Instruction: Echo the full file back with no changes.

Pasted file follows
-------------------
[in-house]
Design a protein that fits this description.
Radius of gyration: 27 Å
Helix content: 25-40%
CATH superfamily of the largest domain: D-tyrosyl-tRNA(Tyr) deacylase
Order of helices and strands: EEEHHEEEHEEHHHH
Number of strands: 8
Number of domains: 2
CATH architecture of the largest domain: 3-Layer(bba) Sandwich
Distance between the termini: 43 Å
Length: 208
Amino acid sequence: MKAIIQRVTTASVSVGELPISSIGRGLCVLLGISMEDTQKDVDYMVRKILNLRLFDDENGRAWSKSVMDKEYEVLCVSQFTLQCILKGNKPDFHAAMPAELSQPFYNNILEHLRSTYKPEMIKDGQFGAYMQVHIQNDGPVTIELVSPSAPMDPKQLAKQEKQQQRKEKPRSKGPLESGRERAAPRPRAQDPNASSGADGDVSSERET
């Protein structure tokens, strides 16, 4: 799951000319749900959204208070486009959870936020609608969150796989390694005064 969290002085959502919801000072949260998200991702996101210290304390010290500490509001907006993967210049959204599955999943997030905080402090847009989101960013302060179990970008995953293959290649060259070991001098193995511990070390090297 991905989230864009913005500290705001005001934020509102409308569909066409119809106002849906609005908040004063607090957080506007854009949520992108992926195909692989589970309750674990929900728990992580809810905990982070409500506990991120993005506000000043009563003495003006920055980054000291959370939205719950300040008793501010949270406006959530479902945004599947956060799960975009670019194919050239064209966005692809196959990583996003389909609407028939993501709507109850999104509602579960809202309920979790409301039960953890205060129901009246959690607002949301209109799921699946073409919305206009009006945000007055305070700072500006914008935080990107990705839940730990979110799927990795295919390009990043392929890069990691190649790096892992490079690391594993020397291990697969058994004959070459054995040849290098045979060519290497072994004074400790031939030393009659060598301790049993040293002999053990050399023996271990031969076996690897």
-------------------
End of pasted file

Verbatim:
[in-house]
Design a protein that fits this description.
Radius of gyration: 27 Å
Helix content: 25-40%
CATH superfamily of the largest domain: D-tyrosyl-tRNA(Tyr) deacylase
Order of helices and strands: EEEHHEEEHEEHHHH
Number of strands: 8
Number of domains: 2
CATH architecture of the largest domain: 3-Layer(bba) Sandwich
Distance between the termini: 43 Å
Length: 208
Amino acid sequence: MKAIIQRVTTASVSVGELPISSIGRGLCVLLGISMEDTQKDVDYMVRKILNLRLFDDENGRAWSKSVMDKEYEVLCVSQFTLQCILKGNKPDFHAAMPAELSQPFYNNILEHLRSTYKPEMIKDGQFGAYMQVHIQNDGPVTIELVSPSAPMDPKQLAKQEKQQQRKEKPRSKGPLESGRERAAPRPRAQDPNASSGADGDVSSERET
């Protein structure tokens, strides 16, 4: 799951000319749900959204208070486009959870936020609608969150796989390694005064 969290002085959502919801000072949260998200991702996101210290304390010290500490509001907006993967210049959204599955999943997030905080402090847009989101960013302060179990970008995953293959290649060259070991001098193995511990070390090297 991905989230864009913005500290705001005001934020509102409308569909066409119809106002849906609005908040004063607090957080506007854009949520992108992926195909692989589970309750674990929900728990992580809810905990982070409500506990991120993005506000000043009563003495003006920055980054000291959370939205719950300040008793501010949270406006959530479902945004599947956060799960975009670019194919050239064209966005692809196959990583996003389909609407028939993501709507109850999104509602579960809202309920979790409301039960953890205060129901009246959690607002949301209109799921699946073409919305206009009006945000007055305070700072500006914008935080990107990705839940730990979110799927990795295919390009990043392929890069990691190649790096892992490079690391594993020397291990697969058994004959070459054995040849290098045979060519290497072994004074400790031939030393009659060598301790049993040293002999053990050399023996271990031969076996690897």